Building a Green Home: A Practical Guide
Sustainable, green, eco-friendly – these labels are becoming more and more popular across all consumer markets. Construction is no exception.
Opting for a green home makes a lot of sense. They are sustainable, environmentally friendly, more energy and water efficient, and they are also generally less expensive to run and maintain.
Although the upfront cost of building a green home from scratch will be higher, the tradeoff is huge. The lower energy cost of a green home means that the homeowner can recoup the initial investment in four to eight years – this includes architect fees, permits, materials, construction, etc. Another advantage of owning a green home is that they tend to sell faster.
To begin planning your green home, you’ll need to consider your needs, find a knowledgeable team, build according to your conditions, use sustainable materials, and maximise energy and water efficiency.
Assessing Your Needs
Before you even purchase the land you’re going to build your home on, consider the important factors of your lifestyle and how the size and location of your home can address your specific needs.
For instance – if you hate commuting to work, your location will matter. If you have a large family, you’ll need to consider the size of your future home and what layout will accommodate you best. Bear in mind though, larger homes will cost more to build, furnish, and maintain.
Building a Team
To build your green home, you’ll need a team of engineers, designers, architects, inspectors, building officials, and general contractors to deal with the technical aspects of making your dream a reality.
Then, you’ll also need insurers, appraisers, lenders, and realtors on your team. When choosing service providers, everyone involved in the project must be able to work cooperatively, have experience in the industry, and be knowledgeable about the finer details of sustainable construction projects.
When selecting your team members, check all references and ask to see similar previous projects to confirm their experience – and don’t forget to contact their references.
Building for Your Conditions
Before you decide on a site, you should know what conditions to expect in the region. Factors like topography, soil type, and climate will all affect how comfortable, efficient, and durable your house will be.
The most cost-effective way to create an energy-efficient home is to consider the climate in the initial planning phase. For instance, south-facing houses will enjoy longer sunlight hours and have gardens that receive more natural light, while north-facing houses will need more heating at night.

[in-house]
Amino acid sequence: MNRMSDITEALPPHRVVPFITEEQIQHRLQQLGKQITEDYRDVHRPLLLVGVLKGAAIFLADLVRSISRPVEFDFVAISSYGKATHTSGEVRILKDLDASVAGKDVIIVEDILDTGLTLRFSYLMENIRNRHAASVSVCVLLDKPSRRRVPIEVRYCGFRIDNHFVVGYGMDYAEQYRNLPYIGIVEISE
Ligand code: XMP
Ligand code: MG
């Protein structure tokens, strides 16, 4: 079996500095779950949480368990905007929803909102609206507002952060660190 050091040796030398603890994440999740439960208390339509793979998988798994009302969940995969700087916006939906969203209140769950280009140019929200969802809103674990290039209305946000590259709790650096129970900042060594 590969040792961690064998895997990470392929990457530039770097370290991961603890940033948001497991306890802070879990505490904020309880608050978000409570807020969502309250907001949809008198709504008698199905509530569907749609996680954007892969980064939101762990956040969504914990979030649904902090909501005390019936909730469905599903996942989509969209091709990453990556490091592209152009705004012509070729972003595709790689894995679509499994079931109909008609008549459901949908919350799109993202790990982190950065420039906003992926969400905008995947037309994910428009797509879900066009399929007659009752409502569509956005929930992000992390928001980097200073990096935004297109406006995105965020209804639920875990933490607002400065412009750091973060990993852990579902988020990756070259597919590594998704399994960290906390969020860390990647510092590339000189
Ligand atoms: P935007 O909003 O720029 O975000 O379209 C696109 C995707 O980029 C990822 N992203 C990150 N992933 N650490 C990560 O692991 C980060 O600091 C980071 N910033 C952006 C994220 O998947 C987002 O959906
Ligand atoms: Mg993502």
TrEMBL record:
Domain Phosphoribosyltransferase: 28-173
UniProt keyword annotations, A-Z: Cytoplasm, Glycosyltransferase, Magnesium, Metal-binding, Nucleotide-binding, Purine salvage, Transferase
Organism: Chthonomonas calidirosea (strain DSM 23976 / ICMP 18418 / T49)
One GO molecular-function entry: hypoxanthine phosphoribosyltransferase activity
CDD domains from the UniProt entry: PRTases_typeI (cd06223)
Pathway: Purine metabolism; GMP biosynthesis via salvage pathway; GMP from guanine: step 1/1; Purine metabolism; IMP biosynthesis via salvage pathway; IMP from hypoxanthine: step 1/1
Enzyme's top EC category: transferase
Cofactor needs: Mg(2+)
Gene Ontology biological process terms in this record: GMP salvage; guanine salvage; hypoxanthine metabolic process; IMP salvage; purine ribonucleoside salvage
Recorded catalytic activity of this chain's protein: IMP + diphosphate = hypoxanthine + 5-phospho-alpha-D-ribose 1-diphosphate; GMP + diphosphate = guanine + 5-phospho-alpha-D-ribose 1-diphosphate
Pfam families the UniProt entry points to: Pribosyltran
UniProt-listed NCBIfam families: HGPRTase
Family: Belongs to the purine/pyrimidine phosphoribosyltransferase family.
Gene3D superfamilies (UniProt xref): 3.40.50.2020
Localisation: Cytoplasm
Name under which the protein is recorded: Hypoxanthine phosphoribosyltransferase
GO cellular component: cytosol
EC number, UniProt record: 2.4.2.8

Sustainable Building Materials
When it comes to sustainable building materials, there are a lot of options out there. These include recycled or reused materials, sustainably harvested and renewable wood, locally sourced materials, and non-toxic materials.
Consider the materials available and decide if they are suitable for your conditions. You’ll need to choose materials that are durable, easy to maintain, and inexpensive to source. Then, you should think about aesthetics and personal preferences.
Water and Energy Efficiency
To ensure your home is as energy and water-efficient as possible, you should choose the most efficient equipment.
Choose LED light bulbs and consider how to utilise the location’s natural light as much as possible. You should also look for the most energy-efficient appliances.
For your garden, consider easy-care native plants that don’t need a lot of water and attract pollinators and birdlife. Grade your site so that stormwater drains into your garden and away from the building, which will keep your vegetation lush without eroding the topsoil.
Natural filtration systems allow water to seep slowly back into the water table, purifying it of contaminants before it enters streams and lakes. Water efficiency is also improved by collecting rainwater and using greywater to water your plants.
Indoor Air Quality
Before the green building movement, very few designers, architects, and builders gave much consideration to the air quality inside the home. Now, building materials contain more chemicals than ever, so be careful what you choose.
By using sustainable materials, you’re already ensuring that there are no toxins and allergens in the air you breathe. When choosing paint for your interior and exterior, use VOC-free paint.
Another factor that affects air quality is moisture – which encourages the growth of mold. Install ceiling fans in laundry rooms and bathrooms to prevent moisture from building on the walls. Check other hidden areas like crawlspaces frequently for signs of rot and mold.
Floor coverings should be made from natural materials such as wood and wool – avoid materials like vinyl, building materials that contain formaldehyde, and synthetic carpets. When it comes to HVAC filtration, make sure you have a HEPA-level filter.